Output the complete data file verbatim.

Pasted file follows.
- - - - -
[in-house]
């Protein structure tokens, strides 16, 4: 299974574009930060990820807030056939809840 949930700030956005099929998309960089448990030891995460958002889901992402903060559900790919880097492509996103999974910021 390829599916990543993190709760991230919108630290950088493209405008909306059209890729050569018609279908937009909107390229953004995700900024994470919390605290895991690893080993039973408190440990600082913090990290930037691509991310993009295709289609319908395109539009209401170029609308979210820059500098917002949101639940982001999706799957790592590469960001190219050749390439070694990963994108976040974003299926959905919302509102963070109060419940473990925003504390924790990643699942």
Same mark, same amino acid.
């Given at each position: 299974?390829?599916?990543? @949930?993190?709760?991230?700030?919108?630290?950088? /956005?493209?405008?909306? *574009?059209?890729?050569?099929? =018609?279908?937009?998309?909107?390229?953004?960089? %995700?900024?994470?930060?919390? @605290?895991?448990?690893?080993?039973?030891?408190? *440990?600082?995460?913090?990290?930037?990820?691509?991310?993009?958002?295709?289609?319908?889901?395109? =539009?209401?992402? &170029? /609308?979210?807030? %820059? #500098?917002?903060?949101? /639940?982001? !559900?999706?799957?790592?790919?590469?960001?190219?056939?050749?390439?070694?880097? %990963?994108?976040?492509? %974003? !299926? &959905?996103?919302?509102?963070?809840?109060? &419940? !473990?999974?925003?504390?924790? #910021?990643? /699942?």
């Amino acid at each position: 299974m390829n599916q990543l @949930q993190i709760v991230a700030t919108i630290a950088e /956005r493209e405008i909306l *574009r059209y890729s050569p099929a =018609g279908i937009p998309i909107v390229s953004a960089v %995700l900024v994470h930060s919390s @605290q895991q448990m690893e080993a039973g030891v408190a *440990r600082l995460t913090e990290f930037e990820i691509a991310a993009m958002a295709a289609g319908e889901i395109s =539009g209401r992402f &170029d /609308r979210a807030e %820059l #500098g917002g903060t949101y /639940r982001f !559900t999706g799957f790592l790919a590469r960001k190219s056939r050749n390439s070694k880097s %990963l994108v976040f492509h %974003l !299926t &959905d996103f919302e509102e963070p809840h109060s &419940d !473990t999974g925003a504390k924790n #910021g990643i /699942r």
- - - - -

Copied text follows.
[in-house]
């Protein structure tokens, strides 16, 4: 299974574009930060990820807030056939809840 949930700030956005099929998309960089448990030891995460958002889901992402903060559900790919880097492509996103999974910021 390829599916990543993190709760991230919108630290950088493209405008909306059209890729050569018609279908937009909107390229953004995700900024994470919390605290895991690893080993039973408190440990600082913090990290930037691509991310993009295709289609319908395109539009209401170029609308979210820059500098917002949101639940982001999706799957790592590469960001190219050749390439070694990963994108976040974003299926959905919302509102963070109060419940473990925003504390924790990643699942």
Same mark, same amino acid.
């Given at each position: 299974?390829?599916?990543? @949930?993190?709760?991230?700030?919108?630290?950088? /956005?493209?405008?909306? *574009?059209?890729?050569?099929? =018609?279908?937009?998309?909107?390229?953004?960089? %995700?900024?994470?930060?919390? @605290?895991?448990?690893?080993?039973?030891?408190? *440990?600082?995460?913090?990290?930037?990820?691509?991310?993009?958002?295709?289609?319908?889901?395109? =539009?209401?992402? &170029? /609308?979210?807030? %820059? #500098?917002?903060?949101? /639940?982001? !559900?999706?799957?790592?790919?590469?960001?190219?056939?050749?390439?070694?880097? %990963?994108?976040?492509? %974003? !299926? &959905?996103?919302?509102?963070?809840?109060? &419940? !473990?999974?925003?504390?924790? #910021?990643? /699942?």
């Amino acid at each position: 299974m390829n599916q990543l @949930q993190i709760v991230a700030t919108i630290a950088e /956005r493209e405008i909306l *574009r059209y890729s050569p099929a =018609g279908i937009p998309i909107v390229s953004a960089v %995700l900024v994470h930060s919390s @605290q895991q448990m690893e080993a039973g030891v408190a *440990r600082l995460t913090e990290f930037e990820i691509a991310a993009m958002a295709a289609g319908e889901i395109s =539009g209401r992402f &170029d /609308r979210a807030e %820059l #500098g917002g903060t949101y /639940r982001f !559900t999706g799957f790592l790919a590469r960001k190219s056939r050749n390439s070694k880097s %990963l994108v976040f492509h %974003l !299926t &959905d996103f919302e509102e963070p809840h109060s &419940d !473990t999974g925003a504390k924790n #910021g990643i /699942r």